Animal and bird phobias are quite common. People may be afraid of dogs, cats, mice, or rats. Someone may be afraid of birds in general, although fear of pigeons is also common. A phobia is an intense and irrational fear. Most people would be afraid of a growling dog standing in their path, however, it may be irrational or unreasonable to be afraid of your neighbor’s dog, especially if the dog is friendly and has never really provided a reason for you to be afraid. Phobias interfere with people’s daily life or functioning and most people suffering from phobias understand their fears are unreasonable but are not able to overcome their fear.
As with other specific phobias, symptoms of an animal or bird phobia include:
- Muscle tension
- Rapid heart beat
- Shortness of breath
- Trouble concentrating
Sometimes a person with a specific animal phobia can pinpoint how the phobia began. They may have been bitten by a dog as a child or had a bad experience with the type of animal causing their anxiety. For some, there may not have been a specific event. Possibly, their parents had a phobia about dogs, passing on this fear to their child by their actions whenever a dog was around, essentially, teaching their children to be afraid. For other people, there may not be any specific reason for their fear.
Avoiding a situation (or specific animal) can contribute to the anxiety, as these actions help to reinforce a fear. For example, is someone was bitten by a dog and begins to avoid situations where there may be a dog present, they reinforce, in their mind, the validity of the fear. This helps to fuel the feelings of anxiety.
In treatment, however, the reason for the fear is not always important. Treatment would be the same no matter what the reason behind the phobia.
Cognitive behavioral therapy includes exposure therapy. In this type of treatment, the patient is slowly exposed to animal causing the fear until they are able to be near the animal without experiencing symptoms of anxiety.
Exposure therapy may include the following (example is based on a fear of dogs, but this same type of therapy can be used for any type of animal or bird). Each step would be repeated until the person felt comfortable:
- Viewing pictures of a dog
- Viewing videos of a dog, allowing person to see and hear the dog
- Seeing a dog through a window, where they can view the dog but no contact is possible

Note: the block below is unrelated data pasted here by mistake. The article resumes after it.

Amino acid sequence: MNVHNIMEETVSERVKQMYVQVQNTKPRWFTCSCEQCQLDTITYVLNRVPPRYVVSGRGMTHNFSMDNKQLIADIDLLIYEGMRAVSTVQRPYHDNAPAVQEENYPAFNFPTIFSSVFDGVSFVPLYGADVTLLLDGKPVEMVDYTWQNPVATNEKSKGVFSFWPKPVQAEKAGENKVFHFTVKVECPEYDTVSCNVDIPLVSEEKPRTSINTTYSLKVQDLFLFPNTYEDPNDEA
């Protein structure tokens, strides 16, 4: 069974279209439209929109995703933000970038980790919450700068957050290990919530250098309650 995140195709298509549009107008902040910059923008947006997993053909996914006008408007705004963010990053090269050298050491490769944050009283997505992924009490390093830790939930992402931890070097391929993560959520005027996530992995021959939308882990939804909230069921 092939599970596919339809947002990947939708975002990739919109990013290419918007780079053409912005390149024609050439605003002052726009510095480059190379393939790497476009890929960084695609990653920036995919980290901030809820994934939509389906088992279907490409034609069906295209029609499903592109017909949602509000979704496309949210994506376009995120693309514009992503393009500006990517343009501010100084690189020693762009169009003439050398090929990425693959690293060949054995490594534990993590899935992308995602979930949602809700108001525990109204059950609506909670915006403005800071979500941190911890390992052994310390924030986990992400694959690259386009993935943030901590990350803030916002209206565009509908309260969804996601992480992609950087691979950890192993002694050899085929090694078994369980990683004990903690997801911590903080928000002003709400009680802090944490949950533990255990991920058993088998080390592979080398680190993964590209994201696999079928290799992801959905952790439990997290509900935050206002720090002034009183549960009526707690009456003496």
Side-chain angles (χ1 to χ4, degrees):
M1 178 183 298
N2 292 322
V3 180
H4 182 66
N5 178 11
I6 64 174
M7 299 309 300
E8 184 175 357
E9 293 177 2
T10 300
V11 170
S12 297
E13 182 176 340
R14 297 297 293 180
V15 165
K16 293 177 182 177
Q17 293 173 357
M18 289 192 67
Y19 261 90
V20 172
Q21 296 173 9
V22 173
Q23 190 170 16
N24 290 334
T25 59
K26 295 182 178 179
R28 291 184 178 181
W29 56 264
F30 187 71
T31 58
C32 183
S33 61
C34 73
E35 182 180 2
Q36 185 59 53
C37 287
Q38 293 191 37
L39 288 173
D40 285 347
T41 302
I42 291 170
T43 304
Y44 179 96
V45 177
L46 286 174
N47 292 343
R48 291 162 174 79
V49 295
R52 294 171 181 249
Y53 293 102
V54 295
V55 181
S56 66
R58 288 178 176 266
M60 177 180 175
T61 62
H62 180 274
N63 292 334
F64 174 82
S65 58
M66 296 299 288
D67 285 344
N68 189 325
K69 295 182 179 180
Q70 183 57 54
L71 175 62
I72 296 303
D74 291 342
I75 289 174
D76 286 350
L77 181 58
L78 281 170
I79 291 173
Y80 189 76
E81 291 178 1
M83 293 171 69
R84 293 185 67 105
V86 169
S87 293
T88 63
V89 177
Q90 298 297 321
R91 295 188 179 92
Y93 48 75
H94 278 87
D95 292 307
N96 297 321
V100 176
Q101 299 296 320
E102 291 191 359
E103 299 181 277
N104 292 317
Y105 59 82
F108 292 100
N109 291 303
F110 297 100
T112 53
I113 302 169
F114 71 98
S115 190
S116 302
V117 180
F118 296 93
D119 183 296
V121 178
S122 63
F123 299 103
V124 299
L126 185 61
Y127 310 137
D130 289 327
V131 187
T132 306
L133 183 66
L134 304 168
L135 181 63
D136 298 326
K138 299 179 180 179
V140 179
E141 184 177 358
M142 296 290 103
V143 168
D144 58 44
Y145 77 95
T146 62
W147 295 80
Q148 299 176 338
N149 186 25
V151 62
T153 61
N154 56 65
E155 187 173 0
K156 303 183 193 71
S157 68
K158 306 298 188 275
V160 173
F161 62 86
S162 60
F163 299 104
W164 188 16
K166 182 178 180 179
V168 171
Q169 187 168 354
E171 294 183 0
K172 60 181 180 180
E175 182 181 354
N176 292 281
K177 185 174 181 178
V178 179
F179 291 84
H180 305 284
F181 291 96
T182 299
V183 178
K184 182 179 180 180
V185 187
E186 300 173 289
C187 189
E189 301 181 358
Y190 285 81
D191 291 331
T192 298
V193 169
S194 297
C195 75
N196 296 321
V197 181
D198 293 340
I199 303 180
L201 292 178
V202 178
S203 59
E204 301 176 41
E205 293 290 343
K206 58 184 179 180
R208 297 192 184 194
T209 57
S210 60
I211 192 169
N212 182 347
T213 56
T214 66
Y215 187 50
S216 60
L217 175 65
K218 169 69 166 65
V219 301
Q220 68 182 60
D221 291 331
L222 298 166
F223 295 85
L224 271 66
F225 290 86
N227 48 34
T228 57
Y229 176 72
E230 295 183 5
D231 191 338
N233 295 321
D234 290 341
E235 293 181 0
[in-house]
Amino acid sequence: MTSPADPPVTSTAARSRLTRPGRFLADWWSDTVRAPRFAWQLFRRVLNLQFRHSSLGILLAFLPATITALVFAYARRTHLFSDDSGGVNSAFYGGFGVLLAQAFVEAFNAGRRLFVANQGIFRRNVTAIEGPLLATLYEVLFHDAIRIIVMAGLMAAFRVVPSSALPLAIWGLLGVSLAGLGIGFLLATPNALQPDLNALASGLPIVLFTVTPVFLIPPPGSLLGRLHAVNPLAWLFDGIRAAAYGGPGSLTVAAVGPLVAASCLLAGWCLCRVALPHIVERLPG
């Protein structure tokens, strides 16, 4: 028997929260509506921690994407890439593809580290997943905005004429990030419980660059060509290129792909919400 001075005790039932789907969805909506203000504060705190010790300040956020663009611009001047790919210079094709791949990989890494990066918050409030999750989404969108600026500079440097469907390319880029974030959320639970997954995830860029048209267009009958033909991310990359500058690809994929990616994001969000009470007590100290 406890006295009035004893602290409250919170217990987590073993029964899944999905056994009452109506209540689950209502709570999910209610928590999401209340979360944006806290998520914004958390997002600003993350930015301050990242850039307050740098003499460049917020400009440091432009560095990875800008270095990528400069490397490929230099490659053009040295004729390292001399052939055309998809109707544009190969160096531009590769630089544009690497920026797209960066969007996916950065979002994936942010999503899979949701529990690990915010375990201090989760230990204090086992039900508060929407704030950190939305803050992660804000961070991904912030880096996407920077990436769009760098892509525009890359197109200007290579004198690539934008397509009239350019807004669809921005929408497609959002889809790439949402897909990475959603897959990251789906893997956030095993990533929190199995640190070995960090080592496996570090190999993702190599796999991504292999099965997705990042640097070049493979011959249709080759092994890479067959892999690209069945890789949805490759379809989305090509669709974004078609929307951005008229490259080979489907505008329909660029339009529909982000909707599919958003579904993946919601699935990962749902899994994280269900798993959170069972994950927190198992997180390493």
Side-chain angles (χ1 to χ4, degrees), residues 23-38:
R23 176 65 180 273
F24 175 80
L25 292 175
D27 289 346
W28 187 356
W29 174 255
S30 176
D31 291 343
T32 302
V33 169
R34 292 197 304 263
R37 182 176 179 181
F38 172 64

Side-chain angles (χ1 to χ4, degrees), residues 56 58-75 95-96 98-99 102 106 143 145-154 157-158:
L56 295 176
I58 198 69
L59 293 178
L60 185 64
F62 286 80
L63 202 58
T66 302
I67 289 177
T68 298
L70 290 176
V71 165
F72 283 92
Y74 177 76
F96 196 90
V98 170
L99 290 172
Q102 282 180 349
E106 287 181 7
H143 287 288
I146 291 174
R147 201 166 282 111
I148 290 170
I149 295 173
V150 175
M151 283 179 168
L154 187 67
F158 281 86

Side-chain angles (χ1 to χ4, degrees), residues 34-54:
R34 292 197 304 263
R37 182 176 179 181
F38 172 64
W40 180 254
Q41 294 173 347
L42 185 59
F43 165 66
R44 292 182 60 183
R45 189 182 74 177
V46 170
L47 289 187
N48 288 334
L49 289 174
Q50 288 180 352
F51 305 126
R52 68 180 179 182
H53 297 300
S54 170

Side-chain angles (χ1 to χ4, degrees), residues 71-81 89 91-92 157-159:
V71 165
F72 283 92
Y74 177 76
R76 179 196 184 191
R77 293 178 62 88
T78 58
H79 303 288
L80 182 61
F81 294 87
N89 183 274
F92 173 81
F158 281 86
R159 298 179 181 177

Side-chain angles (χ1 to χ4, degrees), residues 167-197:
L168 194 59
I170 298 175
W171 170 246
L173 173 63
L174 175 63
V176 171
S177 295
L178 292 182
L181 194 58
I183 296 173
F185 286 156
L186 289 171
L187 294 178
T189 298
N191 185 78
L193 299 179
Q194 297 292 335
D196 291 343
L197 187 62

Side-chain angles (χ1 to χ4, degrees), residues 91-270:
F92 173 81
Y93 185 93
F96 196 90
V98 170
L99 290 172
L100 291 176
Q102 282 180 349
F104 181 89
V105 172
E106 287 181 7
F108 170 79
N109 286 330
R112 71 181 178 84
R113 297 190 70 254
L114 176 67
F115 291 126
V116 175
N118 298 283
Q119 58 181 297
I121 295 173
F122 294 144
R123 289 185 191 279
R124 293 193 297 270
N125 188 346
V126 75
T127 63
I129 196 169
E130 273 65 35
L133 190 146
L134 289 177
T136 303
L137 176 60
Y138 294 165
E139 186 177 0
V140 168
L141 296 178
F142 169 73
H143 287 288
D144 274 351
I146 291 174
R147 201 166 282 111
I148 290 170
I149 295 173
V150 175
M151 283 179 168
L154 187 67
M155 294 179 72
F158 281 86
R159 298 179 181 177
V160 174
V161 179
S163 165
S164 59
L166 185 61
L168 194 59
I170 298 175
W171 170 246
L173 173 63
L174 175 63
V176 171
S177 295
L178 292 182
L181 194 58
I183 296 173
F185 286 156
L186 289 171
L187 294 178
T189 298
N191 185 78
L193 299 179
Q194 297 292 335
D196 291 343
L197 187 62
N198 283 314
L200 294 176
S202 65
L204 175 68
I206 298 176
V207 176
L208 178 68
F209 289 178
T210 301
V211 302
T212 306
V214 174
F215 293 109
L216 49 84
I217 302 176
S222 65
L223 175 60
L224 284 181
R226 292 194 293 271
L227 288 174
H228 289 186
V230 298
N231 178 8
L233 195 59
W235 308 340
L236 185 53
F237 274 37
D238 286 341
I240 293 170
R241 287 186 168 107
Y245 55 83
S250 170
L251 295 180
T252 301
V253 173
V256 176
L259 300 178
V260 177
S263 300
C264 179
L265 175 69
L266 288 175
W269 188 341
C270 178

- Seeing a dog in a cage, where they can see the dog and leading up to holding their hand out for the dog to smell
- Seeing the dog on a leash, but not close enough for contact
- Moving the dog on the leash closer as the person becomes more comfortable
- Petting the dog
Each person’s anxiety will be different. For some, viewing pictures of a dog or seeing a dog on a video is not a problem and exposure therapy would begin with seeing a dog on a leash across the room.
A therapist specializing in anxiety disorders and exposure therapy would be able to work with each person to determine their level of anxiety and proceed with exposure therapy as needed for their particular situation.
For specific phobias, exposure therapy has been found to be the most effective type of treatment. Medication, however, can be helpful if a person cannot avoid the situation in their daily life. In this case, medication can help a person cope while exposure therapy continues.
Short acting anti-anxiety medication is also useful it the person’s anxiety is so high they will not benefit from exposure therapy without some additional assistance. The anxiety medication sometimes helps a person to get more benefit from exposure therapy.
Take one step at a time, however, accept you may need to deal with a little anxiety before moving on to the next step.
Learn relaxation techniques, such as deep breathing, to help cope with anxiety symptoms as they develop.
For specific fears, such as dogs, viewing pictures or reading about the animals can help in exposure therapy by increasing the desensitization toward the object.
Work on exposure on a daily basis, even if it includes videos and pictures of the animal or bird that invokes anxiety symptoms.
Keep a journal of your treatment so that you can view your progress. This can help when you feel you are not progressing as quickly as you would like. If you can see steady progress, it can motivate you to continue your therapy.
Remember that treatment is available. You do not need to have a phobia control your life. It is possible to control the phobia.
“Animal/Bird Phobias”, 2008, Author Unknown, AnxietyCare.org
“Phobias and Fears”, 2008, Aug 2, Melinda Smith, Helpguide.org
Eileen Bailey is a freelance health writer. She is the author of What Went Right: Reframe Your Thinking for a Happier Now, Idiot’s Guide to Adult ADHD, Idiot’s Guide to Cognitive Behavioral Therapy, Essential Guide to Overcoming Obsessive Love, and Essential Guide to Asperger’s Syndrome. She can be found on Twitter @eileenmbailey and on Facebook at eileenmbailey.